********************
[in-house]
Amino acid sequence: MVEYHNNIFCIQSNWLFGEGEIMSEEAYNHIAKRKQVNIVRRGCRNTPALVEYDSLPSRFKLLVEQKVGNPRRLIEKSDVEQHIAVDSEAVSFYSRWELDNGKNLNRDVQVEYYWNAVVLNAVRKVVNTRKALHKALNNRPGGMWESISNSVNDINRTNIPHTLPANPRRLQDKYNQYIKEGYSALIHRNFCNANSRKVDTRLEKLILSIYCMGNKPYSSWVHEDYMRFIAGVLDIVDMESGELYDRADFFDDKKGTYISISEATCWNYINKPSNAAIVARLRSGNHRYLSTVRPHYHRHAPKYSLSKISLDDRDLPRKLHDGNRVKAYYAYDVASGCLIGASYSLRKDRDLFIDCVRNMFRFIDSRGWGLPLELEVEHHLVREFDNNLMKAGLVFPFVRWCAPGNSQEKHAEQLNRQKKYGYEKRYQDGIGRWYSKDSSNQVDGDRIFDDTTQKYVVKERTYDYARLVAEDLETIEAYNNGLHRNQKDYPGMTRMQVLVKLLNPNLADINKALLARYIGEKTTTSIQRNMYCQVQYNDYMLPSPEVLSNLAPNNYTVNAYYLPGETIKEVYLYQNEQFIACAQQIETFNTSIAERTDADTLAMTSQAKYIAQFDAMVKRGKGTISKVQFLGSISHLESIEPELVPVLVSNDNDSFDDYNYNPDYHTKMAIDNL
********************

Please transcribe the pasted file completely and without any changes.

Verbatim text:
[in-house]
Amino acid sequence: MVEYHNNIFCIQSNWLFGEGEIMSEEAYNHIAKRKQVNIVRRGCRNTPALVEYDSLPSRFKLLVEQKVGNPRRLIEKSDVEQHIAVDSEAVSFYSRWELDNGKNLNRDVQVEYYWNAVVLNAVRKVVNTRKALHKALNNRPGGMWESISNSVNDINRTNIPHTLPANPRRLQDKYNQYIKEGYSALIHRNFCNANSRKVDTRLEKLILSIYCMGNKPYSSWVHEDYMRFIAGVLDIVDMESGELYDRADFFDDKKGTYISISEATCWNYINKPSNAAIVARLRSGNHRYLSTVRPHYHRHAPKYSLSKISLDDRDLPRKLHDGNRVKAYYAYDVASGCLIGASYSLRKDRDLFIDCVRNMFRFIDSRGWGLPLELEVEHHLVREFDNNLMKAGLVFPFVRWCAPGNSQEKHAEQLNRQKKYGYEKRYQDGIGRWYSKDSSNQVDGDRIFDDTTQKYVVKERTYDYARLVAEDLETIEAYNNGLHRNQKDYPGMTRMQVLVKLLNPNLADINKALLARYIGEKTTTSIQRNMYCQVQYNDYMLPSPEVLSNLAPNNYTVNAYYLPGETIKEVYLYQNEQFIACAQQIETFNTSIAERTDADTLAMTSQAKYIAQFDAMVKRGKGTISKVQFLGSISHLESIEPELVPVLVSNDNDSFDDYNYNPDYHTKMAIDNL